They tend to reflect aspects of the lives and traditional beliefs of the contemporary urban lower-middle classes with ease and accuracy. But contrary to views long held, they are neither ‘about the poor or downtrodden’, nor do they display sympathy for their types and characters. Wretchedness and superstition are combined with sadness, joy, hypocrisy and occasionally criminal behaviour. This was in the tradition set by Jamalzadeh (though he had more sympathy for his characters), enhanced by Hedayat and passed on to Chubak and Al-e Ahmad in their earlier works.
Coming to the third category, Hedayat’s satirical fiction is rich and often highly effective. He was a master of wit, and wrote both verbal and dramatic satire. It takes the form of short stories, novels, as well as short and long anecdotes. They hit hard at their subjects, usually with effective subtlety, though sometimes outright lampooning, denunciation and invective reveal the depth of the author’s personal involvement in his fictional satire. Hajji Aqa is the longest and most explicit of Hedayat’s satires on the political establishment. Superficial appearances and critical propaganda notwithstanding, it is much less a satire on the ways of the people of the bazaar and much more of a merciless attack on leading conservative politicians. Indeed, the real-life models for the Hajji of the title were supplied by two important old-school (and, as it happens, by no means the worst) politicians.
Hedayat would have had a lasting and prominent position in the annals of Persian literature on account of what I have so far mentioned. What has given him his unique place, nevertheless, is his psycho-fiction, of which The Blind Owl is the best and purest example. This work and the short story ‘Three Drops of Blood’ are modernist in style, using techniques of French symbolism and surrealism in literature, of surrealism in modern European art and of expressionism in the contemporary European films, including the deliberate confusion of time and space. But most of the other psycho-fictional stories – e.g. ‘Zendeh beh Gur’ (‘Buried Alive’), ‘Arusak-e Posht-e Pardeh’ (‘Puppet behind the Curtain’), ‘Bon-bast’ (‘Dead End’), ‘Tarik-khaneh’ (‘Dark Room’), ‘Davud-e Guzhposht’ (‘Davud the Hunchback’) and ‘The Stray Dog’ – use realistic techniques in presenting psycho-fictional stories.
The appellation ‘psycho-fictional’, coined by myself in the mid-1970s to describe this particular genre in Hedayat’s literature, does not render the same sense as is usually conveyed by the well-worn concept and category of ‘the psychological novel’. Rather, it reflects the essentially subjective nature of the stories, which brings together the psychological, the ontological and the metaphysical in an indivisible whole.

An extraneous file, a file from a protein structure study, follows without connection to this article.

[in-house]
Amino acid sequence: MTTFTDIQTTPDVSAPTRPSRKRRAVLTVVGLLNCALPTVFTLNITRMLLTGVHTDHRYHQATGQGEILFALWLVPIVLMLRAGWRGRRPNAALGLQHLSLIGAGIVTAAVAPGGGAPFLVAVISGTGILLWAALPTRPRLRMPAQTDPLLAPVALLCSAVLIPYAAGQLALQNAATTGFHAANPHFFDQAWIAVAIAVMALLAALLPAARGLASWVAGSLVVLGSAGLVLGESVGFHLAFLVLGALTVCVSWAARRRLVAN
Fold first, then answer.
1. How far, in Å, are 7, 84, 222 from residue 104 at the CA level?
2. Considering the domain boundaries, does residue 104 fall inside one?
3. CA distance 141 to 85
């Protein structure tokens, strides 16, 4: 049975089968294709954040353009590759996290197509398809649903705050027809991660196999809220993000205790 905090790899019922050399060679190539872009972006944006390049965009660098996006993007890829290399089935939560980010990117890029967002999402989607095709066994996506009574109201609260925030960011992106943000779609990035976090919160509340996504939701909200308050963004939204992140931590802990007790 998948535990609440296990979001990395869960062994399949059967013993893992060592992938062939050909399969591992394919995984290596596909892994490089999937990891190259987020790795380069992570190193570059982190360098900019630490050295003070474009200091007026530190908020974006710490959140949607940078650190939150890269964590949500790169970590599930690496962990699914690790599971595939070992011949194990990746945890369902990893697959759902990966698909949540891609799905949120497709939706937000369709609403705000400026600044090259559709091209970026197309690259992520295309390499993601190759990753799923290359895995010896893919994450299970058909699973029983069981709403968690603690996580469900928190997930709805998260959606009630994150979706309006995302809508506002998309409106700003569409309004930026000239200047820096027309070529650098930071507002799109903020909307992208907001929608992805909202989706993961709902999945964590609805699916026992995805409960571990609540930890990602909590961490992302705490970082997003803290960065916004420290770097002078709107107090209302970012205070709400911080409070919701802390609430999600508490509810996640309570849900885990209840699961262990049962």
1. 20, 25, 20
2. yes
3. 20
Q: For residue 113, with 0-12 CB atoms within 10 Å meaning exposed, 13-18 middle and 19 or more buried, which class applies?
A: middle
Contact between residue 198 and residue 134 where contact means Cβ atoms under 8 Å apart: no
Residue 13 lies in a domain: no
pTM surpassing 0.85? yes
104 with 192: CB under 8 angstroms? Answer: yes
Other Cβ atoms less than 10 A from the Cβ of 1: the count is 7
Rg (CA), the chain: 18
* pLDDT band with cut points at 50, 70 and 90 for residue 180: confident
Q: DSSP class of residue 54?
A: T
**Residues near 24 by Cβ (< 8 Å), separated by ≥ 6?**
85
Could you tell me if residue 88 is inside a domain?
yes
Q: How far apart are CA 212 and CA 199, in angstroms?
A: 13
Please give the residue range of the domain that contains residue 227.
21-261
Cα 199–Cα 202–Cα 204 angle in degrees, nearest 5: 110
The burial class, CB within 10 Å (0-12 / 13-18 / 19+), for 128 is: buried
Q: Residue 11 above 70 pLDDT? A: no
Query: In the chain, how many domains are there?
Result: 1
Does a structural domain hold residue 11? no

Hedayat’s psycho-fictional stories, such as ‘Three Drops of Blood’ and ‘Buried Alive’, are macabre and, at their conclusions, feature the deaths of both humans and animals. Most human beings are no better than rajjaleh (rabble), and the very few who are better fail miserably to rise up to reach perfection or redemption. Even the man who tries to ‘kill’ his nafs, to mortify his flesh, or destroy his ego, in the short story ‘The Man Who Killed His Ego’ ends up by killing himself; that is, not by liberating but by annihilating his soul. Women are either lakkateh (harlots), or they are Fereshteh, that is, angelic apparitions who wilt and disintegrate upon appearance, though this is only true of women in the psycho-fictions, women of similar cultural background to the author, not those of lower classes in his critical realist stories.
As a man born into an extended family of social and intellectual distinction, a modern as well as modernist intellectual, a gifted writer steeped in the most advanced Persian as well as European culture, and with a psyche which demanded the highest standards of moral and intellectual excellence, Hedayat was bound to carry, as he did, an enormous burden, which very few individuals could suffer with equanimity, especially as he bore the effects of the clash of the old and the new, and the Persian and the European, such as few Iranians have experienced. He lived an unhappy life, and died an unhappy death. It was perhaps the inevitable cost of the literature which he bequeathed to humanity.
By Dr. Homa Katouzian (University of Oxford)